Friday, December 3, 2010

Meet the... Wait, I don't know my host mom's last name!

So I’ll dedicate this post to talk about my host family which I realized I haven’t really gotten to do. So I live in an apartment with my babushka Людмила (Lyud-mi-la), (who might not really be a ‘babushka’ (grandmother) besides having the age) and her sister Наташа (Natasha), who I didn’t know lived with my host mom so I was scared the first day that my host mother went into her room to talk to herself. On occasion, other members of the family come along to visit, I’m still confused about who’s son (Ivan) it is but I’m pretty sure it’s Natasha’s son by now. There are two grandsons, who visit on the weekends. For the most part, the older grandson Даня (Danya) comes to visit and stays over. He’s five years old and full of a lot of energy. He calls me Дядя (Dya-dya) which means uncle which I find really cute. Everyday during the weekend he’s over and I wake up he immediately tells me “Доброе утро!” (Dobroe utra) as I leave my room or as I walk in from being out he tells my host mom “Дядя пришел!” (Dya-dya pri-shyol) which means “Uncle’s here!” (This is probably turning more into a Russian lesson for you!)

The younger grandson, who’s name I can’t figure out, is about two years old and he’s either terrified of me or hasn’t gotten used to me. Today, he mainly stared at me anytime I passed by him. I was eating breakfast and he came in with my host mom to get an apple and once he saw me he turned into the corner. Then when I finished he was on the piano playing which scared the crap out of me because this was the first time I’ve heard anyone use it, and by use it I mean bang on the keys. Once I came into the room, he immediately stopped playing and put his head down; it wasn’t until I left the room that he started ‘playing’ again.

The father of these kids is Иван (Ivan) who I finally got to meet this week and then talk to yesterday. His wife I haven’t talked to except said hello once as I made my way out of the kitchen and they were getting ready to leave, her name might be Светлана (Svetlana) but I could be making that up. I’m usually in my room and I tend to feel like Harry Potter when they come over since I never come out and we don’t cross paths. But I finally got to meet him yesterday as we explained to my host mom and her sister, the new 37 inch plasma he got them, which was pretty funny because my host mom once said “Why is everything in English? Put it in Russian!” And then Natasha asking, “Okay, so this turns it off, and this turns it on” as if they were dealing with a spaceship rather then a TV. Ivan is 32 years old so I can’t really call him my host brother or cousin for that matter. He offered me a seat on the couch to show me his pictures of a trip they took to Turkey which then turned into an explanation of how to use the TV in case my host mom and her sister came across problems and finally ended with him, Danya, and me watching Soviet cartoons for about an hour and a half. He explained that to get to know the Russian mentality, you have to watch these cartoons because this is where children learned. We watched a Tom and Jerry style cartoon called “Leopold” except there were two Jerrys who I would say were the bad ones while the cat was good. In one of the episodes the cat tossed a brick out the window the mice left on the table and Ivan turned to me and says: “You see; only a Russian would do that. Toss a brick out the window he doesn’t need. That’s why you need to watch these shows. Don’t need the brick? Just toss it out the window,” and we both laughed at the childish humor from the show which I hope didn’t really happen because I’d have to start making sure I don’t get hit with falling bricks anytime soon.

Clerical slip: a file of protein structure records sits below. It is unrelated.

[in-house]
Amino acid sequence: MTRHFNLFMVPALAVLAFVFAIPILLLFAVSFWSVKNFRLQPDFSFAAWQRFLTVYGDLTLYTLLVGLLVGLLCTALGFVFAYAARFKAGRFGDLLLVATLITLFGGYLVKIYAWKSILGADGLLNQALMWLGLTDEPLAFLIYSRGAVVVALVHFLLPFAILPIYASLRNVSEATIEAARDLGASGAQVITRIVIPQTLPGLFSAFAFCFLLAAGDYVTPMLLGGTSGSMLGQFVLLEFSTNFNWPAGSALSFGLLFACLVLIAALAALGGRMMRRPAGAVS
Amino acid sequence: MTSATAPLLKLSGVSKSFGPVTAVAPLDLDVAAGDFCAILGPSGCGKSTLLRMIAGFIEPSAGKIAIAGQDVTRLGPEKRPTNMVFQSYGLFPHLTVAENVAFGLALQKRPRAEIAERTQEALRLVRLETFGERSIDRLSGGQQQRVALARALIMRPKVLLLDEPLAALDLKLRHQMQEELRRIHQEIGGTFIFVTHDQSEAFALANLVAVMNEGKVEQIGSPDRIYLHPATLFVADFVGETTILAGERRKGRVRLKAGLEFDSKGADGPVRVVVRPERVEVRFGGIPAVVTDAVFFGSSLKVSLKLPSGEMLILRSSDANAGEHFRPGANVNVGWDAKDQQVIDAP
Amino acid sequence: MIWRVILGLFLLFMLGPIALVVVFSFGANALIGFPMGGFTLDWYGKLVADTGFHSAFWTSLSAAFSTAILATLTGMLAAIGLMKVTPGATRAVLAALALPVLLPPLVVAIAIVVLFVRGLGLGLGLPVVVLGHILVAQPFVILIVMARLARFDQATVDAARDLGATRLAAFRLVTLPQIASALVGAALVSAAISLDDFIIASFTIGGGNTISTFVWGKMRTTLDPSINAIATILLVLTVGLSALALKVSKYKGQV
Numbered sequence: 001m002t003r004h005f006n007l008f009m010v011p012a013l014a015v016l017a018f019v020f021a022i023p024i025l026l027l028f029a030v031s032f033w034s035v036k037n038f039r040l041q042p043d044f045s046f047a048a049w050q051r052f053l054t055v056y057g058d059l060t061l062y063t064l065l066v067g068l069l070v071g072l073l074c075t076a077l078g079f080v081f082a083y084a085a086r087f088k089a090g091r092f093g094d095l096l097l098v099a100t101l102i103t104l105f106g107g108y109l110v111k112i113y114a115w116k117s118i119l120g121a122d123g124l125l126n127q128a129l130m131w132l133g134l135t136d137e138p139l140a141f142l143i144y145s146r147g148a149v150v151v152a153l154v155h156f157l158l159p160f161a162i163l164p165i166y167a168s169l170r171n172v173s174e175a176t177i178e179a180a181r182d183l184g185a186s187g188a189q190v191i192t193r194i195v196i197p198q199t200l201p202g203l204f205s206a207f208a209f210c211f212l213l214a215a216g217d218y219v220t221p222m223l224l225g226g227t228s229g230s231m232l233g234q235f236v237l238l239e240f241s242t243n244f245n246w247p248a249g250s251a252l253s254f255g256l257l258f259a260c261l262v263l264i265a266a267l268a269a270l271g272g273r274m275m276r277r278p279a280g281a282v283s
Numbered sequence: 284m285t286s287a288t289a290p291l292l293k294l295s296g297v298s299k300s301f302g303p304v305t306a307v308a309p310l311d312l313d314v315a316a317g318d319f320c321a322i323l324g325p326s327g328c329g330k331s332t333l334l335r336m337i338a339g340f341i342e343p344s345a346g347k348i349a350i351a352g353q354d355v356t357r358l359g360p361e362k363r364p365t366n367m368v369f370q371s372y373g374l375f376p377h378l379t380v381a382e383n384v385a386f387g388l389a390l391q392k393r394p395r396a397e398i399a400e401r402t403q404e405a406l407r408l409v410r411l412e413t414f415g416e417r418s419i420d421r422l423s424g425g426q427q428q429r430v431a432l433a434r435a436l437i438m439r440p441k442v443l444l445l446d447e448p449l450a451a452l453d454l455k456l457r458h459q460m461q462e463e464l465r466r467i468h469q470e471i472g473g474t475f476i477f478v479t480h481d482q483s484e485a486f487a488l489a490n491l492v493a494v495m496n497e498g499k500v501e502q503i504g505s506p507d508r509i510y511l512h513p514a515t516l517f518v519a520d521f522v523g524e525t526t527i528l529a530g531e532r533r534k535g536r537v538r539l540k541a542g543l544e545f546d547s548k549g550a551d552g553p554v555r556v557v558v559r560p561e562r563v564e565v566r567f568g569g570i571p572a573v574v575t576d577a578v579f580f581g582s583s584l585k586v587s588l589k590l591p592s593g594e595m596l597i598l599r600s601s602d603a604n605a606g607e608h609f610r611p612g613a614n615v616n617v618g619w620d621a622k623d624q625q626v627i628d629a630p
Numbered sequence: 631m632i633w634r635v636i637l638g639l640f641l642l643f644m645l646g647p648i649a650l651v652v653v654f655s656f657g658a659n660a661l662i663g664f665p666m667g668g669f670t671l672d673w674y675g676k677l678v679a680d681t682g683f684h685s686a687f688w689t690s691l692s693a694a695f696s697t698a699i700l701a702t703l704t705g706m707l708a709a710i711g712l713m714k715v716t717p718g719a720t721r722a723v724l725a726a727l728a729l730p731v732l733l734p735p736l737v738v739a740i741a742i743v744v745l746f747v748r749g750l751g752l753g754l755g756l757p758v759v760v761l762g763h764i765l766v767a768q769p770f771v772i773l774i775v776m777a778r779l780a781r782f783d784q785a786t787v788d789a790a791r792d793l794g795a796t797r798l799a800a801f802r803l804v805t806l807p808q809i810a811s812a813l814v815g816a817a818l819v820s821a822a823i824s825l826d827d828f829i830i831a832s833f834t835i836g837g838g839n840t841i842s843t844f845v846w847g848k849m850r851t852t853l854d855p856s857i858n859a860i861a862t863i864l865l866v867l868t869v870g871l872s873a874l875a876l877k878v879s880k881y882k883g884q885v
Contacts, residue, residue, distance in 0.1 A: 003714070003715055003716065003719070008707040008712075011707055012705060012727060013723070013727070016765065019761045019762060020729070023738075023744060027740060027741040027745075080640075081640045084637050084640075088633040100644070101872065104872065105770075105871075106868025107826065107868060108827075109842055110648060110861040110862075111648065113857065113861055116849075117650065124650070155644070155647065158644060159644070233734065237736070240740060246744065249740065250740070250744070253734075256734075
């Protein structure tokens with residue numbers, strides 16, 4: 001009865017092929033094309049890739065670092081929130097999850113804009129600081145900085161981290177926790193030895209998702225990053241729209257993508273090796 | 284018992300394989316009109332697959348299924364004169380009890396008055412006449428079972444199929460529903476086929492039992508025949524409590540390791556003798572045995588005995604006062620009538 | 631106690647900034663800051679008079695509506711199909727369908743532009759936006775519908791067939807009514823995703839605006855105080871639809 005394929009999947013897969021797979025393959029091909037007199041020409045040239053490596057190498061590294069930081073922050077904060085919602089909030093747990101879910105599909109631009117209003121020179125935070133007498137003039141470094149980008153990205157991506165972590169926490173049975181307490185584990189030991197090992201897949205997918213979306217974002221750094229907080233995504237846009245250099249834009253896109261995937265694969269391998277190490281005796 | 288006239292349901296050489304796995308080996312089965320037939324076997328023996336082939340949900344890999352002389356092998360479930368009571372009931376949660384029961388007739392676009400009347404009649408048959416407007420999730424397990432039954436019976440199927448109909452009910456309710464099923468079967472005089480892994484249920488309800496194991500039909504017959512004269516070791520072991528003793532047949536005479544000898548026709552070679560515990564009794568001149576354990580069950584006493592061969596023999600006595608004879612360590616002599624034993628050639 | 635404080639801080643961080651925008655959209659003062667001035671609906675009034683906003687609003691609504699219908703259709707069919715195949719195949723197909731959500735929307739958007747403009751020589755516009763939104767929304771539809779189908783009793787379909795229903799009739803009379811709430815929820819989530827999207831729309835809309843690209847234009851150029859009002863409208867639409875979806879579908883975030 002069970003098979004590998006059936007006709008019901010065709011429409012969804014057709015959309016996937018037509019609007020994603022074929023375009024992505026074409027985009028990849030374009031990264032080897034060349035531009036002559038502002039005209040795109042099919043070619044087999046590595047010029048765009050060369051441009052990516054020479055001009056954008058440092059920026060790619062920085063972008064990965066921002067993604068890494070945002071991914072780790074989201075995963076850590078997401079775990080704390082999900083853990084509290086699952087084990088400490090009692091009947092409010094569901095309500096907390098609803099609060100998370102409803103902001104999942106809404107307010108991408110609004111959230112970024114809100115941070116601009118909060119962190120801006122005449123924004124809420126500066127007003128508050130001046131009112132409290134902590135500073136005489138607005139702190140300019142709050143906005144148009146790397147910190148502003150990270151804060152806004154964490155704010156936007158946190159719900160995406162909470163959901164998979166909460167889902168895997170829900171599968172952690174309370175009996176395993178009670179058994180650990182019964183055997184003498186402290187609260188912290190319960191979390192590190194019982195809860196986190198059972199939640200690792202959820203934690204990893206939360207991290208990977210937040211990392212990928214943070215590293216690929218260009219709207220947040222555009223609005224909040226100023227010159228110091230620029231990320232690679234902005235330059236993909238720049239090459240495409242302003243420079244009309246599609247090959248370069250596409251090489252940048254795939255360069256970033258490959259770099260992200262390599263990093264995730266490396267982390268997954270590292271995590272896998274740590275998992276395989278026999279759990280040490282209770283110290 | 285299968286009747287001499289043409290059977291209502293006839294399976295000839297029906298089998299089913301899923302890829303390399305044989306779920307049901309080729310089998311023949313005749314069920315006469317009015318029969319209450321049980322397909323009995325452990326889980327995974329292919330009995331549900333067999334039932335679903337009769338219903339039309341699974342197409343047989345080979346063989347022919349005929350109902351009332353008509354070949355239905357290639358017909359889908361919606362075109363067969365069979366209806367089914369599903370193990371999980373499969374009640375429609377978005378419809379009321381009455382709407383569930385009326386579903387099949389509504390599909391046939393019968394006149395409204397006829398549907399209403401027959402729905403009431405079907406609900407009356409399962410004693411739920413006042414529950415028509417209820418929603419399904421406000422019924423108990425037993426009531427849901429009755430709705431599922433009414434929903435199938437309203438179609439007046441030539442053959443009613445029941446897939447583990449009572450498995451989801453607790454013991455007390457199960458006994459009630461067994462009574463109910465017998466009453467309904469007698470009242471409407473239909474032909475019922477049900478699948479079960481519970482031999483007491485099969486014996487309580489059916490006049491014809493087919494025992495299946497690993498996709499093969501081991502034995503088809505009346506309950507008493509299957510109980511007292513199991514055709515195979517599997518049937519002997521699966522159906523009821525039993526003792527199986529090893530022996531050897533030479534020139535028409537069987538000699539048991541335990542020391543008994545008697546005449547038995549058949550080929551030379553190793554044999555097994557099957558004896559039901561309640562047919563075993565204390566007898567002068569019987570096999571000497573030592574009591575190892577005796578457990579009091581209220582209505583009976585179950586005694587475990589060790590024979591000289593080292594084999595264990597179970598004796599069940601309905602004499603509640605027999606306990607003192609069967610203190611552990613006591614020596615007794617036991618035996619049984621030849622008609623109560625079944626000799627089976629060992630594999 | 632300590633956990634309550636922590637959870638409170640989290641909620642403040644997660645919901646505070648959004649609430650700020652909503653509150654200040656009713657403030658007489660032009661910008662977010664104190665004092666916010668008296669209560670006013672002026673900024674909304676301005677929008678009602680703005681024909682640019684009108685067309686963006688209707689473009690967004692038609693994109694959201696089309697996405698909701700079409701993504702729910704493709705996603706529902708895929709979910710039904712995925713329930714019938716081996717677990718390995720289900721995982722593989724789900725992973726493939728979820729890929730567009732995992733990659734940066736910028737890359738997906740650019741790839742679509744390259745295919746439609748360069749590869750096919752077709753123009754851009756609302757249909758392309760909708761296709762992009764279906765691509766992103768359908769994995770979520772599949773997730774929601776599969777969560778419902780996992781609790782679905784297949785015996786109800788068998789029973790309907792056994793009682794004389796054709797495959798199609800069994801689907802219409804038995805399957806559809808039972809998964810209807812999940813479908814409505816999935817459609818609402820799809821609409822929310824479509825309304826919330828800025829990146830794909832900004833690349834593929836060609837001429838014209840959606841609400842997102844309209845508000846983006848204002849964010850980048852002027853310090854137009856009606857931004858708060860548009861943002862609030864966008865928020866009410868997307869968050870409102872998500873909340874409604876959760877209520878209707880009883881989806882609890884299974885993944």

I really like my host mom and the family that occasionally stops by. My host mom refused to call me Лёня (Lyonya) which was my Russian nickname all through my Russian education and mainly because Luis was similar to Люся (Lyusya) her nickname so she liked my name. Its funny the first week she asked what kind of food I liked and didn’t because she’d respond with “You don’t like that?! That’s weird, all the Americans I've had loved it!” So I’d explain that my taste was more Puerto Rican and less American and she’d later admit that she herself was the picky eater of her family and so I didn’t need to worry about not eating for example tomatoes.

I’m glad I haven’t clashed with her and we pretty much agree on everything and so that’s good. And since she’s not my real mom she always tells me to sleep in late on the weekends and or this conversation: Host mom: You look tired. Me: Yeah, I am. Host mom: So go back to sleep, go to school late. Me: I might not go to school at all (staring at the window and the snow falling). Host mom: Okay, so sleep then. Me: I’ll brush my teeth and eat breakfast first and then sleep. (Since I knew she had breakfast ready already) and I slept wonderfully most of the day.

I’m definitely going to have to come back and pay a visit!

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